"The TCM Tech Awards celebration is one of the preeminent events in Maryland, where more than 900 leaders in the state's high tech and life sciences communities convene for networking, entertainment, and to honor the best-of-the-best in our industries," said Art Jacoby, TCM's CEO. "Maryland's Life Science and Technology companies are leading the way to a healthier world and a higher standard of living for all. We celebrate the collective success of our region and the special contributions of our finalists and award winners."

Mikulski

U.S. Senator Barbara A. Mikulski (D-Md.), a senior member of the Senate Health, Education, Labor and Pensions (HELP) Committee, continued her Maryland biotechnology listening tour at a roundtable discussion with Frederick County pharmaceutical companies at MedImmune. Senator Mikulski has continued to meet with members of the Maryland medical industry as the Senate HELP Committee examines reauthorizing user fee legislation, which supports the biotechnology, pharmaceutical and medical device industries that account for nearly 90,000 Maryland jobs and works to keep families safe and healthy.

"In Maryland, biotech means jobs, jobs, job," said Senator Mikulski, a senior member of the Senate HELP Committee and a member of the Drug Shortage Working Group. "I have heard from Maryland pharmaceutical companies, hospitals, doctors, nurses and patients about the need for safe and effective treatments that are both readily available and affordable. I'm proud to support research and innovation jobs in Maryland's biotech industry keeping our state competitive in the global economy. By working to develop safe and effective treatments, we can ensure that our nation's health care providers have the tools they need to keep families healthy."

Barbara Mikulski

Nearly 90,000 Maryland jobs come from the state's 400 biotechnology companies, so when a senior Democrat on the Senate committee looking into industry regulations asks for a meeting, local businesses are the first to the table.

Sen. Barbara Mikulski, D-Md., met with representatives from several Frederick County biotech companies Tuesday at MedImmune, a Frederick-based pharmaceutical firm. The discussion, the third stop on Mikulski's Maryland biotech listening tour, focused on the Prescription Drug User Fee Act and the Medical Device User Fee Act.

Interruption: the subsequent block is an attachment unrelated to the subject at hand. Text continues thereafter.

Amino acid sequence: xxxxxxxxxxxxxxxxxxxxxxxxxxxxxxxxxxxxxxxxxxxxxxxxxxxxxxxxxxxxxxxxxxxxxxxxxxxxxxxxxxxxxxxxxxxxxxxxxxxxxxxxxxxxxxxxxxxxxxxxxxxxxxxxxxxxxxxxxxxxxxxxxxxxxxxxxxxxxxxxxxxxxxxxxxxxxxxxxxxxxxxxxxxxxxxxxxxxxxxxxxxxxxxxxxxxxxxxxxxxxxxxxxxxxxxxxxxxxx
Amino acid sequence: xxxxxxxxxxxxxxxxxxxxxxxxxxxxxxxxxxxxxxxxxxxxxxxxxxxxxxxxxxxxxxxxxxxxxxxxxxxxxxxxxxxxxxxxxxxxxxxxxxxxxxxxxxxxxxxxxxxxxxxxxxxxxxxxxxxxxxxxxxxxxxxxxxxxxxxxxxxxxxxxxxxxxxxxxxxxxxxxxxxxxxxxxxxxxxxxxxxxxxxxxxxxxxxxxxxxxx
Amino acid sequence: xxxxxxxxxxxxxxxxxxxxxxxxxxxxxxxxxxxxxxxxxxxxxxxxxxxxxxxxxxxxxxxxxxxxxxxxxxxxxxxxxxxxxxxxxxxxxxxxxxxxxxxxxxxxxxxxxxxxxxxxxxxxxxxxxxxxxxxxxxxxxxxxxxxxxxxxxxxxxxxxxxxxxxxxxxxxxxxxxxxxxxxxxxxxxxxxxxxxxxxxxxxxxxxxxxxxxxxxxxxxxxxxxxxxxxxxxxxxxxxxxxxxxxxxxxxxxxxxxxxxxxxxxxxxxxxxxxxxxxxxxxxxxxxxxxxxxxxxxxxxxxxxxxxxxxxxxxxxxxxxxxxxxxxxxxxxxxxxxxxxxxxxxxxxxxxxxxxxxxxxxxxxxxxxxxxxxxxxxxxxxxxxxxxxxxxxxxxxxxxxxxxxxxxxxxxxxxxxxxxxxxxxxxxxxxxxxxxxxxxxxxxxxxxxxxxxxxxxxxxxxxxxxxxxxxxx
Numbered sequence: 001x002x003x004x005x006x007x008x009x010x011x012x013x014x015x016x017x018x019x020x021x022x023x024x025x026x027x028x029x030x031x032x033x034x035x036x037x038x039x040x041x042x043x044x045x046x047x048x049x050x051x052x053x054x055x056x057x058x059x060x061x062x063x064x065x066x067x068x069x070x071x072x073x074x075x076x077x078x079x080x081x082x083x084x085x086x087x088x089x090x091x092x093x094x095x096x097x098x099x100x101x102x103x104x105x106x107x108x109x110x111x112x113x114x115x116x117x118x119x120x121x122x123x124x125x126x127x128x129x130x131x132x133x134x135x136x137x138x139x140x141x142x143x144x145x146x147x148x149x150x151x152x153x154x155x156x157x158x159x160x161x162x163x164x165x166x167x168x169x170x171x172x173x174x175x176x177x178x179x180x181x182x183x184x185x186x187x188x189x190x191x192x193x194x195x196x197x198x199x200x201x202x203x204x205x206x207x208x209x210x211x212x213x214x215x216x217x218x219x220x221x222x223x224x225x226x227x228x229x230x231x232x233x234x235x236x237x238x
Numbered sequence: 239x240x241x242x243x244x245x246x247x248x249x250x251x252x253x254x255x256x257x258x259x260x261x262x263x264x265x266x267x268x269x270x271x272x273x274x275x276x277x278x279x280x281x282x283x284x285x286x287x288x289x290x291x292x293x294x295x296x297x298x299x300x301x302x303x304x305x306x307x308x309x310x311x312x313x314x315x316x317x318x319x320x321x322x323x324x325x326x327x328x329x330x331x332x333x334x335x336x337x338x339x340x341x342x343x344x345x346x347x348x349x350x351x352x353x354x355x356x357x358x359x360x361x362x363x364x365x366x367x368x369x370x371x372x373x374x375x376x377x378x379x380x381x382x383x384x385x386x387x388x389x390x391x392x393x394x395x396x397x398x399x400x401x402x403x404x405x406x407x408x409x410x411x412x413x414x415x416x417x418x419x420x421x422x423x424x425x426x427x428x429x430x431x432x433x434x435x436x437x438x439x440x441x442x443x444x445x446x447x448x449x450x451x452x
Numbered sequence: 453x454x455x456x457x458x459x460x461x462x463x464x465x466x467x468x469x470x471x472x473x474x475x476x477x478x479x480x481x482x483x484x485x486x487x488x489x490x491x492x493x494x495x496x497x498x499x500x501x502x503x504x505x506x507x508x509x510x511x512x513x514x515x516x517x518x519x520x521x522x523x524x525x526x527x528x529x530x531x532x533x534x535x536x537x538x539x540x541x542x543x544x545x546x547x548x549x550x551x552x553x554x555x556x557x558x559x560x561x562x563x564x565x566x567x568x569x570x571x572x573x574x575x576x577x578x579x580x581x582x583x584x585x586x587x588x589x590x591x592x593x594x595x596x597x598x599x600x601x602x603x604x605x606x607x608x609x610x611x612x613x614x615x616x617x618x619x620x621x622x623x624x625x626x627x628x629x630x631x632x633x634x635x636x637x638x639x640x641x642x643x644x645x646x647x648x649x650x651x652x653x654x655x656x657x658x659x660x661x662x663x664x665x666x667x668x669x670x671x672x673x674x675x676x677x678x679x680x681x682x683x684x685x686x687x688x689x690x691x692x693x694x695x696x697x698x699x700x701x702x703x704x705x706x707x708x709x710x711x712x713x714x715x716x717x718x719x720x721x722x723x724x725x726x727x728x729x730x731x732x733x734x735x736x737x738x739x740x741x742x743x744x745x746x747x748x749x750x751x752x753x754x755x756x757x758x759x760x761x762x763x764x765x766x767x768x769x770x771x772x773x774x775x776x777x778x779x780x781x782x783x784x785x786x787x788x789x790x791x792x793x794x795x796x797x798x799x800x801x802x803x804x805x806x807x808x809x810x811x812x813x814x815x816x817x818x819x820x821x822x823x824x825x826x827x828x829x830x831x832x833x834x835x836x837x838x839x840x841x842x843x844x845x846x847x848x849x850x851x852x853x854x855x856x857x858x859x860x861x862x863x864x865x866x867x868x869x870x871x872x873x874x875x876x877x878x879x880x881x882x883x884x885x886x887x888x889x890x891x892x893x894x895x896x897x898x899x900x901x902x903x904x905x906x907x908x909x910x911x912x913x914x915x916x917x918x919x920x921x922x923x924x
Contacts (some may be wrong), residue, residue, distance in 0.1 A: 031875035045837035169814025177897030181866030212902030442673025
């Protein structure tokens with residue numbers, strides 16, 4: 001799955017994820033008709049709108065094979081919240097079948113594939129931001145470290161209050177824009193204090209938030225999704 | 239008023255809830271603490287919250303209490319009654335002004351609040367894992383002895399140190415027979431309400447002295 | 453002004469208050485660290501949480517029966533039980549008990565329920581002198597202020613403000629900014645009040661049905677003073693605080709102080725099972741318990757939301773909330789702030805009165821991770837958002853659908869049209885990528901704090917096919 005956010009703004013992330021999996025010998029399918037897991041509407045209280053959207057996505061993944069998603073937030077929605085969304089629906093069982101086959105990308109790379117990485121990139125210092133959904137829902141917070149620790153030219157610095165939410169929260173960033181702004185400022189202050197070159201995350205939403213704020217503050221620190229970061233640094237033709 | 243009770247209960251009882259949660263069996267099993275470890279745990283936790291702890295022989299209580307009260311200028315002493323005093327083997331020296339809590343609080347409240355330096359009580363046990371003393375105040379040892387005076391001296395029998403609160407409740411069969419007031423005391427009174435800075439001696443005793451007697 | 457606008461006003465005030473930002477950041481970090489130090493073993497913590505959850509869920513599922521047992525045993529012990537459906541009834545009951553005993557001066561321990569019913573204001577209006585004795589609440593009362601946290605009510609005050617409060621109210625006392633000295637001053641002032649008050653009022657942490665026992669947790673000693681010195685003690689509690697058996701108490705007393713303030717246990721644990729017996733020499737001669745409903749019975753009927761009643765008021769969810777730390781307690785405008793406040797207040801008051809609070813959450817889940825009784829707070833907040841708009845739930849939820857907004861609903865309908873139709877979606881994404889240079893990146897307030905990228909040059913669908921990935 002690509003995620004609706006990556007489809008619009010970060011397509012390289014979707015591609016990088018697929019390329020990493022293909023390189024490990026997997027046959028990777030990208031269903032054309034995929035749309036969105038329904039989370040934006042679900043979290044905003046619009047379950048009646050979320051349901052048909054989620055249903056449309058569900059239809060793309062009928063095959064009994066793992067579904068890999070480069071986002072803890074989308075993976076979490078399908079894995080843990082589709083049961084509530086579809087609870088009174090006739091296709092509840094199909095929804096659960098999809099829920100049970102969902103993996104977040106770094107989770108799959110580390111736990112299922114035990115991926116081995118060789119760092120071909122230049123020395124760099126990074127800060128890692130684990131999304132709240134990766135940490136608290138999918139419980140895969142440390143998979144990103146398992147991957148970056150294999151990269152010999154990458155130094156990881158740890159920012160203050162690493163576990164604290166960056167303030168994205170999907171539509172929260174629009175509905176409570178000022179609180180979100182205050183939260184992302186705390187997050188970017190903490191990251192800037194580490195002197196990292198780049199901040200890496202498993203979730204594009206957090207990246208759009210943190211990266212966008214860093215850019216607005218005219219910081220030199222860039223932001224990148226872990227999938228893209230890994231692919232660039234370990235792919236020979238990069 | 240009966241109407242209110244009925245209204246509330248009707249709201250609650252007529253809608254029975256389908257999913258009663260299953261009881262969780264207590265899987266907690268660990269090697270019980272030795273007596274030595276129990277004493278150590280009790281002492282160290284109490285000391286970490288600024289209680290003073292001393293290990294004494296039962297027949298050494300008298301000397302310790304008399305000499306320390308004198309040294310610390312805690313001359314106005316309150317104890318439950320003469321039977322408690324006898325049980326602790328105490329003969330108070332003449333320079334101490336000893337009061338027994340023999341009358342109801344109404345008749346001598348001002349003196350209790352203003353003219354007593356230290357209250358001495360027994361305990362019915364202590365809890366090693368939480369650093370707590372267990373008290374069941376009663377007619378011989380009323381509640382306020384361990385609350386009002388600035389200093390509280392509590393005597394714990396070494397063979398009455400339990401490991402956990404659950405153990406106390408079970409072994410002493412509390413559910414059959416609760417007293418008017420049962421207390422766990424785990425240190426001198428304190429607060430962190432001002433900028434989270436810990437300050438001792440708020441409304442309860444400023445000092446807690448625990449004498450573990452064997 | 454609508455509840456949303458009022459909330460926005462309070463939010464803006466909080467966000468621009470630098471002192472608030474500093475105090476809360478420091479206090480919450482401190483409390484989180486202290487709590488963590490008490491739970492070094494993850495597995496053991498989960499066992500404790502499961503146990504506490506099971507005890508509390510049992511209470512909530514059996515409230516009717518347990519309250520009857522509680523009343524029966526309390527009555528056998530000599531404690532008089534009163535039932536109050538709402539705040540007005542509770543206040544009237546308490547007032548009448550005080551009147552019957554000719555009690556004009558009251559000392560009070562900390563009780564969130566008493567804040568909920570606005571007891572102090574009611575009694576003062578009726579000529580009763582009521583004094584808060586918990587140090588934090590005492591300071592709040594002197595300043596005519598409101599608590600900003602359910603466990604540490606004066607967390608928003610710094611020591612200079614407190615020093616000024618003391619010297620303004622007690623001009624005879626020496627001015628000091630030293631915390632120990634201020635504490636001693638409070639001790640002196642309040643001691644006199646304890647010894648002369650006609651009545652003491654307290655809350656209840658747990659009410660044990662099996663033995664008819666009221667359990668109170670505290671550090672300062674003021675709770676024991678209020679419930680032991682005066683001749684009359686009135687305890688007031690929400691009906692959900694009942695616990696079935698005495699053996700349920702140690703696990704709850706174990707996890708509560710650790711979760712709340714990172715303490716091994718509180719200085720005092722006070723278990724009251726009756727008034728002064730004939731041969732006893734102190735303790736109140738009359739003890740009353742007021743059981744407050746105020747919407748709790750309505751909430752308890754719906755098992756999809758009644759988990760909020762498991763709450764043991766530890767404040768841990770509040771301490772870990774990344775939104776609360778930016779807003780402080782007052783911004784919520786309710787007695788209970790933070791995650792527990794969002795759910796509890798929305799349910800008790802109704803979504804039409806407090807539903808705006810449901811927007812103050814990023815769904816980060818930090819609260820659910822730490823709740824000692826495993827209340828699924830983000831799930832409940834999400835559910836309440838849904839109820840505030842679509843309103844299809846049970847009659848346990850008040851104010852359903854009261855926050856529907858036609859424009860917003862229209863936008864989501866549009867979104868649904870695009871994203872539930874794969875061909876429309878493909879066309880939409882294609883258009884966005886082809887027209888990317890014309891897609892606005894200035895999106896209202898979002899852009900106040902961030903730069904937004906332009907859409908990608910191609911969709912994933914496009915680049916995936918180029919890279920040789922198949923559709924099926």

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This day-long event will explore the opportunities for accelerating technology transfer in those universities that have not traditionally focused on this activity. It will demonstrate how this has been successfully achieved at places like Johns Hopkins.

Johns Hopkins Technology Transfer rose from 98th to 26th in the AUTM rankings within 4 years. It has increased disclosures from less than 100 to more than 300 a year and start ups from less than 5 to more than 10 a year. Other institutions like The Ohio State University are doing similar things. These newly emerged academic centers in technology transfer are showing how even late-comers can make the quantum leap in technology transfer.

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In recent months, state and federal policy makers have launched a broad set of innovative programs aimed at accelerating technology transfer, the commercialization of government- and university-created intellectual property, or IP, through licenses and business startups. This fall, for example, the Obama administration directed federal agencies and labs to measure and expand their technology transfer efforts. At the state level, Gov. Martin O’Malley’s (D-MD) Maryland Innovation Initiative, announced in January, would provide seed funding and foster greater cross-university collaboration to help close the state’s gap between its research levels and commercialization results.

Some universities, too, are rethinking their policies. Penn State, for example, announced in December that the university is no longer required to own intellectual property created by industry-sponsored research. “In short we consider the net present value of the interactions and relationships that our faculty and students have with industrial professionals to be real and therefore greater than the apparent future value of the proceeds from such IP,” wrote Hank Foley, Penn State’s vice president for research, in announcing this news. “Our goal … is to flatten any and all barriers or impediments to innovation and that includes our own past stance on intellectual property.”

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Emerging Technology Center JHU Eastern, 1101 East 33rd Street, Baltimore, MD

Join Governor Martin O'Malley for a reception and press conference celebrating Innovate Maryland.

Inspiring collaboration, commercialization and job creation in public and private universities.

Please register to This email address is being protected from spambots. You need JavaScript enabled to view it.

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The National Capitol Area Chapter of SoPE in concert with Johns Hopkins Carey Business School, MedChi, and Medical Society of Northern Virginia presents:

"Beyond the Stethoscope--How MD-MBAs Influence the Current Challenges in Healthcare"

Telling Our Stories: How physicians have taken the science of business and integrated it with their medical training to accelerate their faculty positions, redefine their careers, change their perspectives and leave a bigger footprint.

HIG

H.I.G. BioVentures, a Miami-based venture firm with ties to Maryland’s biotech cluster, has raised a fresh $268 million to invest in drug, medical device and diagnostics companies.